259.101 Florida Preservation 2000 Act.

(1) SHORT TITLE.–This section may be cited as the “Florida Preservation 2000 Act.”

(2) LEGISLATIVE FINDINGS.–The Legislature finds and declares that:

(a) The alteration and development of Florida’s natural areas to accommodate its rapidly growing population have contributed to the degradation of water resources, the fragmentation and destruction of wildlife habitats, the loss of recreation space, and the diminishment of wetlands and forests.

(b) Imminent development of Florida’s remaining natural areas and continuing increases in land values necessitate an aggressive program of public land acquisition during the next decade to preserve the quality of life that attracts so many people to Florida.

(c) Acquisition of public lands, in fee simple or in any lesser interest, should be based on a comprehensive assessment of Florida’s natural resources and planned so as to protect the integrity of ecological systems and to provide multiple benefits, including preservation of fish and wildlife habitat, recreation space, and water recharge areas. Governmental agencies responsible for public land acquisition should work together to purchase lands jointly and to coordinate individual purchases within ecological systems.

(d) One of the purposes of the Florida Communities Trust program is to acquire, protect, and preserve open space and recreation properties within urban areas where pristine animal and plant communities no longer exist. These areas are often overlooked in other programs because of their smaller size and proximity to developed property. These smaller parcels are, however, critically important to the quality of life in these urban areas for the residents who live there as well as to the many visitors to the state. The trust shall consider projects submitted by local governments which further the goals, objectives, and policies of the conservation, recreation and open space, or coastal elements of their local comprehensive plans or which serve to conserve natural resources or resolve land use conflicts.

(e) South Florida’s water supply and unique natural environment depend on the protection of lands buffering the East Everglades and the Everglades water conservation areas.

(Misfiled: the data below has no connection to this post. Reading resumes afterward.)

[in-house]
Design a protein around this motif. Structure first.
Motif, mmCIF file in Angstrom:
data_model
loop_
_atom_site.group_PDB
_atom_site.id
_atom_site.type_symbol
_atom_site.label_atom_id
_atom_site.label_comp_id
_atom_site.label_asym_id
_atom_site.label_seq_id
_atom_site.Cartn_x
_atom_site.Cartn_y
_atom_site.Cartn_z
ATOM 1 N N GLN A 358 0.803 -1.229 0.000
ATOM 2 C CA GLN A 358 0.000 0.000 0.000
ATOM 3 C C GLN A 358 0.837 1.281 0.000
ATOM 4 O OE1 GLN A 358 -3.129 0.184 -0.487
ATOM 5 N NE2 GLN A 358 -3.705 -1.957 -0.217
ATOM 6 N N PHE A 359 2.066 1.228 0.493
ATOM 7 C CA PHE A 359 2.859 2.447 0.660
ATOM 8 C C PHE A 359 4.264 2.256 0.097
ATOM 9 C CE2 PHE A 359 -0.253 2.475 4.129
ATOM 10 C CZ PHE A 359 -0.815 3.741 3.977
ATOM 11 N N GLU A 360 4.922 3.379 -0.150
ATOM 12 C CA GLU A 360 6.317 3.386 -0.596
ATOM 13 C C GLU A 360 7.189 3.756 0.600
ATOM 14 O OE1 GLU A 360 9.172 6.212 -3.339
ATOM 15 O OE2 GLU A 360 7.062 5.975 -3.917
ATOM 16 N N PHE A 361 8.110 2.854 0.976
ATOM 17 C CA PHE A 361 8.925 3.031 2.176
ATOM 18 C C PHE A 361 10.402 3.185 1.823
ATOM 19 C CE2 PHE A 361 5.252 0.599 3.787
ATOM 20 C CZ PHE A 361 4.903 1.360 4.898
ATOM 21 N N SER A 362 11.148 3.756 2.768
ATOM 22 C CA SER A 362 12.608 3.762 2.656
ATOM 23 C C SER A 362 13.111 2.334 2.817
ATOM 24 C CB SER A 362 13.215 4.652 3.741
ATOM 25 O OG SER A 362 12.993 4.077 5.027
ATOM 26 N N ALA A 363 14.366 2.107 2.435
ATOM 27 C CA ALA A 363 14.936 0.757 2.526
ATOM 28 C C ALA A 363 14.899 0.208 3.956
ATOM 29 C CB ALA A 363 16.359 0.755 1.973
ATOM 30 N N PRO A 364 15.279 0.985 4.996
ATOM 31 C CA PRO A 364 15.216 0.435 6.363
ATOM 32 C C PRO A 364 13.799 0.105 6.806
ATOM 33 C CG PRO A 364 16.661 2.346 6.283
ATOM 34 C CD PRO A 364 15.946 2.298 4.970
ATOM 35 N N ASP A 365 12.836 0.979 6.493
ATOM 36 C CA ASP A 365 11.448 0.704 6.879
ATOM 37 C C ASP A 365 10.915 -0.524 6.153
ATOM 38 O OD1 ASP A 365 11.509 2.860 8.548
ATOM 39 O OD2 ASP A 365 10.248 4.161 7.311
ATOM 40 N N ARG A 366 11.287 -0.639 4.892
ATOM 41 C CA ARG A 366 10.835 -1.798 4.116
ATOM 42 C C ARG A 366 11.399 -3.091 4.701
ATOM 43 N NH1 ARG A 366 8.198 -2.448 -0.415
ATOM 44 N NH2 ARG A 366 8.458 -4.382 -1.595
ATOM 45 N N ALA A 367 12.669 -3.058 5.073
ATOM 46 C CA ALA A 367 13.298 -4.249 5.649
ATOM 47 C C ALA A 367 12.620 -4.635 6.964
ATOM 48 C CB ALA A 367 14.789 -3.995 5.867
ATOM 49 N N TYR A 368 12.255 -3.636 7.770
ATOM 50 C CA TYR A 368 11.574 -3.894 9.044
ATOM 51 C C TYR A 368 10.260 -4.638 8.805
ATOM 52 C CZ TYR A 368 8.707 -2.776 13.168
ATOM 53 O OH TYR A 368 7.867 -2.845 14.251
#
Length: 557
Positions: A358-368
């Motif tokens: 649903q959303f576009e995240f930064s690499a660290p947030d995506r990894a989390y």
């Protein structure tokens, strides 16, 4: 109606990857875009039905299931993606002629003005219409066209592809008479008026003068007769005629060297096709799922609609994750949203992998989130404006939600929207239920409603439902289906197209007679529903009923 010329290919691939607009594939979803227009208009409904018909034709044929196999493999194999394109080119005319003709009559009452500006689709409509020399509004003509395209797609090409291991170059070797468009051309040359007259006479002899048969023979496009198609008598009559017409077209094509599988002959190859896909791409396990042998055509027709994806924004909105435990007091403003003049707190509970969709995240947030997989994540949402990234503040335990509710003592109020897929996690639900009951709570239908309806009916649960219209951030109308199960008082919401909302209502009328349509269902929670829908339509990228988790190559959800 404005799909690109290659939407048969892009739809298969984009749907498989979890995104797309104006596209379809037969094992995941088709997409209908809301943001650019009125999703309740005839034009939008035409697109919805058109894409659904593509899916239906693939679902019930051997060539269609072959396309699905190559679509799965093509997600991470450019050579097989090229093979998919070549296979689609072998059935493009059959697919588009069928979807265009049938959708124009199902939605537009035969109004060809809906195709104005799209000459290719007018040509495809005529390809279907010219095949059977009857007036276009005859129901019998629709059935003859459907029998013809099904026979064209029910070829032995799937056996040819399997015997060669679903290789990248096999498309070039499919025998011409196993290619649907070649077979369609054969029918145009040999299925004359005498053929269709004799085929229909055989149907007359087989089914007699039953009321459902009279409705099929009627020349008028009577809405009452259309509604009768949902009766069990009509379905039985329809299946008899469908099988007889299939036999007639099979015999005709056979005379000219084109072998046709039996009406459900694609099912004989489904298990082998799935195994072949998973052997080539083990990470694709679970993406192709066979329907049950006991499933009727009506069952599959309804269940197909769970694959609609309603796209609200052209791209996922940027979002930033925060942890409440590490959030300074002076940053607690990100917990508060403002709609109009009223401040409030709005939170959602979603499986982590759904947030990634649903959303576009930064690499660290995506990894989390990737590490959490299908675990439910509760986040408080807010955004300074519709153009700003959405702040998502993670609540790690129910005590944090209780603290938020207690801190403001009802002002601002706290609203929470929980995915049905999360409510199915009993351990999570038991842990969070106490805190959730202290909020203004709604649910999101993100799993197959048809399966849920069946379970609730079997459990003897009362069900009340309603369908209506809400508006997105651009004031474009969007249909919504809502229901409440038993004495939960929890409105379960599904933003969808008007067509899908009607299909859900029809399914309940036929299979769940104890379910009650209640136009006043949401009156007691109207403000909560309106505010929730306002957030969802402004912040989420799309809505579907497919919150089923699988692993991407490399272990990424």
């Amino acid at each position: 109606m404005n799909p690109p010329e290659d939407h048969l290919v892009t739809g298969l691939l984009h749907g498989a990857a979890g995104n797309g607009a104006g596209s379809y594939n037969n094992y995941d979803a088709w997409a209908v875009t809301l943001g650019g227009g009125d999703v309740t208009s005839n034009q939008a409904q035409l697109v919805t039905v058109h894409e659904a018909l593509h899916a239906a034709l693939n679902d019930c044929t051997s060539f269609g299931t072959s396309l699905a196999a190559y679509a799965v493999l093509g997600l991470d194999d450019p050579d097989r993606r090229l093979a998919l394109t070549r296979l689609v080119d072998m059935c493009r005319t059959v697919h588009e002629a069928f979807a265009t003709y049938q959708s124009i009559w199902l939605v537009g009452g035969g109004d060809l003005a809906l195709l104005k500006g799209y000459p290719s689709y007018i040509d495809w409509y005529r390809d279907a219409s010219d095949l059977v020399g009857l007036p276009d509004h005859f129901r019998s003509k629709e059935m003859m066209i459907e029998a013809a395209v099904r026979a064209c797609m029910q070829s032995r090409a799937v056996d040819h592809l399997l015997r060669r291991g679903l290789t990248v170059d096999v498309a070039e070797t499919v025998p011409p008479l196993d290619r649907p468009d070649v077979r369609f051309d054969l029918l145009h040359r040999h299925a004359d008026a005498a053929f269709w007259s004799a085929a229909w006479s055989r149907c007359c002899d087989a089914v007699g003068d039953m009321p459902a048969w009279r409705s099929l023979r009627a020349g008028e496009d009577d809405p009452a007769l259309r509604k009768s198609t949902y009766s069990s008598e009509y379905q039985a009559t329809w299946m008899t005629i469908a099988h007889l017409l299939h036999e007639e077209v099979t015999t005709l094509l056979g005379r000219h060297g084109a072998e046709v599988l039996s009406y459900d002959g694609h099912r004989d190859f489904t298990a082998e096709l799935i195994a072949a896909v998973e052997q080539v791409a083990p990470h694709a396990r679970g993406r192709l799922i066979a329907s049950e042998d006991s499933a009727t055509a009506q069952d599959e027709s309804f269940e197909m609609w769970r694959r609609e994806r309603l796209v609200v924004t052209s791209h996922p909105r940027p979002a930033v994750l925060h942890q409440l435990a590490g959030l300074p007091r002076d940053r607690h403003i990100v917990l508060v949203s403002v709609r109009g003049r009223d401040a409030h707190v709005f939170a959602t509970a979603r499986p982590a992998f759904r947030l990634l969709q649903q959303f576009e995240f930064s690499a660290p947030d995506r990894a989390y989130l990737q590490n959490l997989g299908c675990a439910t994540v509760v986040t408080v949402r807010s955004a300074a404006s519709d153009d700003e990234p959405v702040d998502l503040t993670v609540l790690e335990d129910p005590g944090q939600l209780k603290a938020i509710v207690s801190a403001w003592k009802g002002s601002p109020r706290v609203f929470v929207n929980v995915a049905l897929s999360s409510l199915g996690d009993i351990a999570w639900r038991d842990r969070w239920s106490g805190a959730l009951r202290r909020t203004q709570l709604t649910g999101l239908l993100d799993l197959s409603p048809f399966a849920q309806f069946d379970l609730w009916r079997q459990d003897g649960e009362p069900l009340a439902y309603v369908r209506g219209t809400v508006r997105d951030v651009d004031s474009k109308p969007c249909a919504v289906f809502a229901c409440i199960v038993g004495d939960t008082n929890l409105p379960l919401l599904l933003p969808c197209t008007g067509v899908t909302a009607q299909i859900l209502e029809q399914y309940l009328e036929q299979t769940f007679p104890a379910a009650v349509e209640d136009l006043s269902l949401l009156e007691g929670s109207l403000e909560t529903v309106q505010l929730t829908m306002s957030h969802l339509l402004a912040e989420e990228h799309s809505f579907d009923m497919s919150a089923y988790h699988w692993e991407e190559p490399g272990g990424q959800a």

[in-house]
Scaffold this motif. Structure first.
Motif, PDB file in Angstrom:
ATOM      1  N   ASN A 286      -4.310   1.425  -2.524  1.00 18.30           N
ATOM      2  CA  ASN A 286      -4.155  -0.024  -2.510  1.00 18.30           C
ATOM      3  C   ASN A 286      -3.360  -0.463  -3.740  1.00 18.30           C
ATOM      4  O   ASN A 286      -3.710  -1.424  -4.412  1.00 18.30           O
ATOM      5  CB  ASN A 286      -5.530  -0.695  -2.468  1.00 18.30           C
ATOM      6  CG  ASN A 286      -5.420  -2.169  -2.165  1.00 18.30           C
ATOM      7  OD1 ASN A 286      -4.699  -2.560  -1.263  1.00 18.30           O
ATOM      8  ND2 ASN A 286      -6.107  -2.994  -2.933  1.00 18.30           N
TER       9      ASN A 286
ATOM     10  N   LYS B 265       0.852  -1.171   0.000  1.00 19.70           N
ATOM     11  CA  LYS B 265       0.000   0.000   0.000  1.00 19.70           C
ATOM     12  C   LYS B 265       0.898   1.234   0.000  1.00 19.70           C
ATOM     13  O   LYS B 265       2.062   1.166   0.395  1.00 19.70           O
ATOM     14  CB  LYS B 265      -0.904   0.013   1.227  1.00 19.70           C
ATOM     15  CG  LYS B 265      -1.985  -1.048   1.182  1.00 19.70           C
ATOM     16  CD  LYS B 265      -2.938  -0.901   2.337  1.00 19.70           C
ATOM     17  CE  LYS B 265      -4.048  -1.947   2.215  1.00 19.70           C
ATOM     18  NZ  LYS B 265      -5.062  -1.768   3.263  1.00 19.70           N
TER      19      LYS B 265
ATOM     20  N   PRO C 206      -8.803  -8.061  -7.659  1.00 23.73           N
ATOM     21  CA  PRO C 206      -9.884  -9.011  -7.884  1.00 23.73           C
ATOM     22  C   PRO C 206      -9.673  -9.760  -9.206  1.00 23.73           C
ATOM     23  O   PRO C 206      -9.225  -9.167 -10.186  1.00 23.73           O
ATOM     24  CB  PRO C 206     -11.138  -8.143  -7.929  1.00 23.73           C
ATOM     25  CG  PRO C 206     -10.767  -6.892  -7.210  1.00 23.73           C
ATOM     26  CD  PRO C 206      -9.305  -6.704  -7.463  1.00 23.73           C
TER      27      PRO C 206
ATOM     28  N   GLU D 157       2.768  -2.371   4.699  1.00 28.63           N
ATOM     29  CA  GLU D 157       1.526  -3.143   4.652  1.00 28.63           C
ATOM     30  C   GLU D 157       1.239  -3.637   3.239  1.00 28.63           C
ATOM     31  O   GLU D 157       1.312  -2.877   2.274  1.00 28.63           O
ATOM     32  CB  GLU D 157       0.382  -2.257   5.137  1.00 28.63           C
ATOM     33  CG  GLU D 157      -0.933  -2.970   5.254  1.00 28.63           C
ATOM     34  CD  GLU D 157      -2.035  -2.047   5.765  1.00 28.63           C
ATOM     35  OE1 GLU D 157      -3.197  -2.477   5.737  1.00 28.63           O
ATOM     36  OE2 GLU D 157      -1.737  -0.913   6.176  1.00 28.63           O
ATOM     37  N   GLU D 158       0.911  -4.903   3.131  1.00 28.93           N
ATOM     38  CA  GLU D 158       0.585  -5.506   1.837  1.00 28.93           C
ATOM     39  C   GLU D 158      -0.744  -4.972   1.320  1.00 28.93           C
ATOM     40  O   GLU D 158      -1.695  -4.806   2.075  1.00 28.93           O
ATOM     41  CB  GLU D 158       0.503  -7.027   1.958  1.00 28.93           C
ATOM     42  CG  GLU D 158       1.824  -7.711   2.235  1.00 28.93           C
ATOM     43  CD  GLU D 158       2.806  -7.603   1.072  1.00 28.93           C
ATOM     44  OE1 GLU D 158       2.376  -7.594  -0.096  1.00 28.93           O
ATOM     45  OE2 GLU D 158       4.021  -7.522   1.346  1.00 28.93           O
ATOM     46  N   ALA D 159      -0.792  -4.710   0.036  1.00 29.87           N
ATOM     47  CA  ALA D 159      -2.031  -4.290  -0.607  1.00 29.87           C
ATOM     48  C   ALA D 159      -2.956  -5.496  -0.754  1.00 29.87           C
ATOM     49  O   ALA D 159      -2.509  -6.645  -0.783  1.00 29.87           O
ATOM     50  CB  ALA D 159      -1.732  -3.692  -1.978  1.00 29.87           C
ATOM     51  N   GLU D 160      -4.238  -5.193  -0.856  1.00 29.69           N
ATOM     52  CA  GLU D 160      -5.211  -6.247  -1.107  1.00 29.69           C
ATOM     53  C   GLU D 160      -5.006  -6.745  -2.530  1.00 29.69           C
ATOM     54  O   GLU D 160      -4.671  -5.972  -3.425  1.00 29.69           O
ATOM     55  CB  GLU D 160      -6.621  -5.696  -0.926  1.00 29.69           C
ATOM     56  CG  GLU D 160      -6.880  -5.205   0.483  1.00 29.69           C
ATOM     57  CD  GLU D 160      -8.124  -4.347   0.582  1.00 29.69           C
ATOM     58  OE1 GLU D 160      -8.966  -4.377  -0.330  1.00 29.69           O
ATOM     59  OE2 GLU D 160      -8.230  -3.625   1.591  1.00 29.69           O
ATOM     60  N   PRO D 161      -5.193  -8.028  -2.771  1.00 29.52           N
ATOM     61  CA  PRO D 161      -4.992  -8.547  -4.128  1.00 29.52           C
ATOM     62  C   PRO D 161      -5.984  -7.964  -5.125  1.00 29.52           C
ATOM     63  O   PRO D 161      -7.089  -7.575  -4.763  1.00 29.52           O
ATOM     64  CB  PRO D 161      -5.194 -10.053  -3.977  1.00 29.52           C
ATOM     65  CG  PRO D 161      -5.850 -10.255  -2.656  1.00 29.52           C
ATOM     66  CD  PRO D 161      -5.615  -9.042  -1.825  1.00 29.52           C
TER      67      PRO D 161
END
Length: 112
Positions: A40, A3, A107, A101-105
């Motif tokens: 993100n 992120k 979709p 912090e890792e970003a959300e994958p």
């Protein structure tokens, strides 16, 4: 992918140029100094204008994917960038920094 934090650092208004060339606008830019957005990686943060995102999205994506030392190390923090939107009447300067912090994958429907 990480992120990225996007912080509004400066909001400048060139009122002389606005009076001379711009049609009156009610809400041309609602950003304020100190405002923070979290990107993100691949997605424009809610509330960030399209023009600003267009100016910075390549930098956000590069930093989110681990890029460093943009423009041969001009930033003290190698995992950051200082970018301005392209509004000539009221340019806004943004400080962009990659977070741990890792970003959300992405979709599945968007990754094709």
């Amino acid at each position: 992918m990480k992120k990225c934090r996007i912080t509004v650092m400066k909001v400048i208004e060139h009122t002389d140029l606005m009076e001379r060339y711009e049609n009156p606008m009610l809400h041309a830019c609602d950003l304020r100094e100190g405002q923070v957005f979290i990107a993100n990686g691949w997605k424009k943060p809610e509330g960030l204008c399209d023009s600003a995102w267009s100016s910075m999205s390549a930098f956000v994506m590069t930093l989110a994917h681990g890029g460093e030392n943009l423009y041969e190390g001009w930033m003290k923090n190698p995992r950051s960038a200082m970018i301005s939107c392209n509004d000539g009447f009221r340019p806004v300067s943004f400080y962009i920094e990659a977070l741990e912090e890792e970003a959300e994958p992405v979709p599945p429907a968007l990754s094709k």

In addition, the Legislature recognizes the conflicting desires of the citizens of this state to prosper through economic development and to preserve the natural areas of Florida that development threatens to claim. The Legislature further recognizes the urgency of acquiring natural areas in the state for preservation, yet acknowledges the difficulty of ensuring adequate funding for accelerated acquisition in light of other equally critical financial needs of the state. It is the Legislature’s desire and intent to fund the implementation of the Florida Preservation 2000 Act for each of the 10 years of the program’s duration and to do so in a fiscally responsible manner.

(3) LAND ACQUISITION PROGRAMS SUPPLEMENTED.–Less the costs of issuance, the costs of funding reserve accounts, and other costs with respect to the bonds, the proceeds of bonds issued pursuant to this act shall be deposited into the Florida Preservation 2000 Trust Fund created by s. 375.045. In fiscal year 2000-2001, for each Florida Preservation 2000 program described in paragraphs (a)-(g), that portion of each program’s total remaining cash balance which, as of June 30, 2000, is in excess of that program’s total remaining appropriation balances shall be redistributed by the department and deposited into the Save Our Everglades Trust Fund for land acquisition. For purposes of calculating the total remaining cash balances for this redistribution, the Florida Preservation 2000 Series 2000 bond proceeds, including interest thereon, and the fiscal year 1999-2000 General Appropriations Act amounts shall be deducted from the remaining cash and appropriation balances, respectively. The remaining proceeds shall be distributed by the Department of Environmental Protection in the following manner: